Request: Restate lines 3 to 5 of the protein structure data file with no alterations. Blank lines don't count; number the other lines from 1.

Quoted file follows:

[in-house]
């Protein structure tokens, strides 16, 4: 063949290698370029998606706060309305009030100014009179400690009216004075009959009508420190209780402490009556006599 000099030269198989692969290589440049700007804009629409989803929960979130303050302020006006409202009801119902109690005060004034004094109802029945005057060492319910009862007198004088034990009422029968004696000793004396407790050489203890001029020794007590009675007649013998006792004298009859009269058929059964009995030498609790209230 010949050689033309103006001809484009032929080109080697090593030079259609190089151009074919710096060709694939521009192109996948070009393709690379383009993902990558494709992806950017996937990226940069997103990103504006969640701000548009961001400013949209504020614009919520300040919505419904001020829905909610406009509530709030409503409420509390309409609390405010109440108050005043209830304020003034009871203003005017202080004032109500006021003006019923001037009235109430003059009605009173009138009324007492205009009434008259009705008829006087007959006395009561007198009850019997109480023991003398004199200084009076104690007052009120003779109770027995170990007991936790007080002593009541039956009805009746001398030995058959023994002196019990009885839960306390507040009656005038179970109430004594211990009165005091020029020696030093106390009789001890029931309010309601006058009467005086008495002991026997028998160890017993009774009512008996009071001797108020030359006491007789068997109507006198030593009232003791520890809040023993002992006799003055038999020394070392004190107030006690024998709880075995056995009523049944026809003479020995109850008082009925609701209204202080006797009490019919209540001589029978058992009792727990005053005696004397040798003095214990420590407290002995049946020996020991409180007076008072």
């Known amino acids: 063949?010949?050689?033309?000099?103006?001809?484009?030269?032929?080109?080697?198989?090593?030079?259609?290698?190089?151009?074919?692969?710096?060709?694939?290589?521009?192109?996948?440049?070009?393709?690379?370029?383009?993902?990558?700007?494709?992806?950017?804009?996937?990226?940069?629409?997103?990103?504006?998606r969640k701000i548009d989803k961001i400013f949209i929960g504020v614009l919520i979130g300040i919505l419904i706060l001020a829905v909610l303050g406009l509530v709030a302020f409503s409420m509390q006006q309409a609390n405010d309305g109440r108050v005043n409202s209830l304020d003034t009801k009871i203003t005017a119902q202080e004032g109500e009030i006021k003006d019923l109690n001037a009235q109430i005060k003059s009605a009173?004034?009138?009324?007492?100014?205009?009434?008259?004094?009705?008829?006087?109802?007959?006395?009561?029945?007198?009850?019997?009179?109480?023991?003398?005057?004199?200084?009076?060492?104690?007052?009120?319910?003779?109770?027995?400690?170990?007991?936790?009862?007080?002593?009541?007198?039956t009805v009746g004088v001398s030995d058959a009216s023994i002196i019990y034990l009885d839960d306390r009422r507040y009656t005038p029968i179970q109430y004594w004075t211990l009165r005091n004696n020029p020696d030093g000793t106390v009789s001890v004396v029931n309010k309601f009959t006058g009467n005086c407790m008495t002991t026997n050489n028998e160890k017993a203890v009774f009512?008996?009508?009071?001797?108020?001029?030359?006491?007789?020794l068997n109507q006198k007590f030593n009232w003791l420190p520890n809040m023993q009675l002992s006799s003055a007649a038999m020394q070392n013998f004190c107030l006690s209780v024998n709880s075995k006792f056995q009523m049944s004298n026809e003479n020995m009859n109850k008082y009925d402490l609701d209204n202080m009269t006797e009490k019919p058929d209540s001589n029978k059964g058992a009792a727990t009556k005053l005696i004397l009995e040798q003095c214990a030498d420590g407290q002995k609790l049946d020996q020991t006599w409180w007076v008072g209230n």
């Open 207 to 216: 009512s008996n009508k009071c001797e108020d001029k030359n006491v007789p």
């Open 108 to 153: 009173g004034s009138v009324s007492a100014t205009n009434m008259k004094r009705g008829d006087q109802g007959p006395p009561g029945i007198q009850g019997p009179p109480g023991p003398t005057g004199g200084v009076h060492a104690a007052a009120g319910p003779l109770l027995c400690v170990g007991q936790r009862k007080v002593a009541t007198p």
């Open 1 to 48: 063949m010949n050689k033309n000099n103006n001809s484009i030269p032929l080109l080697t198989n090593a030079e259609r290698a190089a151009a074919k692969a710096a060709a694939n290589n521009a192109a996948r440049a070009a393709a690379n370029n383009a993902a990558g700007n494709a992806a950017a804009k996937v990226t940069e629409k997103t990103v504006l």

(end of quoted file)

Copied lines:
């Known amino acids: 063949?010949?050689?033309?000099?103006?001809?484009?030269?032929?080109?080697?198989?090593?030079?259609?290698?190089?151009?074919?692969?710096?060709?694939?290589?521009?192109?996948?440049?070009?393709?690379?370029?383009?993902?990558?700007?494709?992806?950017?804009?996937?990226?940069?629409?997103?990103?504006?998606r969640k701000i548009d989803k961001i400013f949209i929960g504020v614009l919520i979130g300040i919505l419904i706060l001020a829905v909610l303050g406009l509530v709030a302020f409503s409420m509390q006006q309409a609390n405010d309305g109440r108050v005043n409202s209830l304020d003034t009801k009871i203003t005017a119902q202080e004032g109500e009030i006021k003006d019923l109690n001037a009235q109430i005060k003059s009605a009173?004034?009138?009324?007492?100014?205009?009434?008259?004094?009705?008829?006087?109802?007959?006395?009561?029945?007198?009850?019997?009179?109480?023991?003398?005057?004199?200084?009076?060492?104690?007052?009120?319910?003779?109770?027995?400690?170990?007991?936790?009862?007080?002593?009541?007198?039956t009805v009746g004088v001398s030995d058959a009216s023994i002196i019990y034990l009885d839960d306390r009422r507040y009656t005038p029968i179970q109430y004594w004075t211990l009165r005091n004696n020029p020696d030093g000793t106390v009789s001890v004396v029931n309010k309601f009959t006058g009467n005086c407790m008495t002991t026997n050489n028998e160890k017993a203890v009774f009512?008996?009508?009071?001797?108020?001029?030359?006491?007789?020794l068997n109507q006198k007590f030593n009232w003791l420190p520890n809040m023993q009675l002992s006799s003055a007649a038999m020394q070392n013998f004190c107030l006690s209780v024998n709880s075995k006792f056995q009523m049944s004298n026809e003479n020995m009859n109850k008082y009925d402490l609701d209204n202080m009269t006797e009490k019919p058929d209540s001589n029978k059964g058992a009792a727990t009556k005053l005696i004397l009995e040798q003095c214990a030498d420590g407290q002995k609790l049946d020996q020991t006599w409180w007076v008072g209230n």
């Open 207 to 216: 009512s008996n009508k009071c001797e108020d001029k030359n006491v007789p």
């Open 108 to 153: 009173g004034s009138v009324s007492a100014t205009n009434m008259k004094r009705g008829d006087q109802g007959p006395p009561g029945i007198q009850g019997p009179p109480g023991p003398t005057g004199g200084v009076h060492a104690a007052a009120g319910p003779l109770l027995c400690v170990g007991q936790r009862k007080v002593a009541t007198p």